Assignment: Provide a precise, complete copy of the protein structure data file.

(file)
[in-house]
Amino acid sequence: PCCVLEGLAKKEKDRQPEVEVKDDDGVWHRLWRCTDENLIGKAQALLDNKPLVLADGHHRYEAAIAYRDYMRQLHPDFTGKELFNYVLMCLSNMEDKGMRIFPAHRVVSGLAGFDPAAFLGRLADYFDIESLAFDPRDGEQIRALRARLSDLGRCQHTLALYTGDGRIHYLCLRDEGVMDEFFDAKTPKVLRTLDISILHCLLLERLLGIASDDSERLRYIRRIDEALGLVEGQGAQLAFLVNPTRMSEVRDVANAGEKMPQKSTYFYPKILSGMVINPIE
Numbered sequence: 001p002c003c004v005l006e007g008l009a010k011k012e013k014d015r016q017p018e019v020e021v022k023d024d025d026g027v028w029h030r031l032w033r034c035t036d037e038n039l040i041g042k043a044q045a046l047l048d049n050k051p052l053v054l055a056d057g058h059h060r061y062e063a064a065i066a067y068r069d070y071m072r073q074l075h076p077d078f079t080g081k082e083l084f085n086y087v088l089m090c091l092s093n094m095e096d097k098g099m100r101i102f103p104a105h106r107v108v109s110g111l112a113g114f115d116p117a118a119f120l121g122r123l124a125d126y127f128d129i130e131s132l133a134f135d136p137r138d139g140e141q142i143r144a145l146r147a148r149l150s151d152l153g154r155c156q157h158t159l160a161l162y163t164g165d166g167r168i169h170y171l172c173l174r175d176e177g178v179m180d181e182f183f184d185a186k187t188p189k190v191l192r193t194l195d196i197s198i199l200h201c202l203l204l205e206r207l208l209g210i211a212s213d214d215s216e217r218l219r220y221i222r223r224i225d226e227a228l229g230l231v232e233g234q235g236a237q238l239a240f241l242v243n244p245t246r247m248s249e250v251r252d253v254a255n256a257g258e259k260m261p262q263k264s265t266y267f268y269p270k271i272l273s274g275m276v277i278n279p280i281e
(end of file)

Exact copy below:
[in-house]
Amino acid sequence: PCCVLEGLAKKEKDRQPEVEVKDDDGVWHRLWRCTDENLIGKAQALLDNKPLVLADGHHRYEAAIAYRDYMRQLHPDFTGKELFNYVLMCLSNMEDKGMRIFPAHRVVSGLAGFDPAAFLGRLADYFDIESLAFDPRDGEQIRALRARLSDLGRCQHTLALYTGDGRIHYLCLRDEGVMDEFFDAKTPKVLRTLDISILHCLLLERLLGIASDDSERLRYIRRIDEALGLVEGQGAQLAFLVNPTRMSEVRDVANAGEKMPQKSTYFYPKILSGMVINPIE
Numbered sequence: 001p002c003c004v005l006e007g008l009a010k011k012e013k014d015r016q017p018e019v020e021v022k023d024d025d026g027v028w029h030r031l032w033r034c035t036d037e038n039l040i041g042k043a044q045a046l047l048d049n050k051p052l053v054l055a056d057g058h059h060r061y062e063a064a065i066a067y068r069d070y071m072r073q074l075h076p077d078f079t080g081k082e083l084f085n086y087v088l089m090c091l092s093n094m095e096d097k098g099m100r101i102f103p104a105h106r107v108v109s110g111l112a113g114f115d116p117a118a119f120l121g122r123l124a125d126y127f128d129i130e131s132l133a134f135d136p137r138d139g140e141q142i143r144a145l146r147a148r149l150s151d152l153g154r155c156q157h158t159l160a161l162y163t164g165d166g167r168i169h170y171l172c173l174r175d176e177g178v179m180d181e182f183f184d185a186k187t188p189k190v191l192r193t194l195d196i197s198i199l200h201c202l203l204l205e206r207l208l209g210i211a212s213d214d215s216e217r218l219r220y221i222r223r224i225d226e227a228l229g230l231v232e233g234q235g236a237q238l239a240f241l242v243n244p245t246r247m248s249e250v251r252d253v254a255n256a257g258e259k260m261p262q263k264s265t266y267f268y269p270k271i272l273s274g275m276v277i278n279p280i281e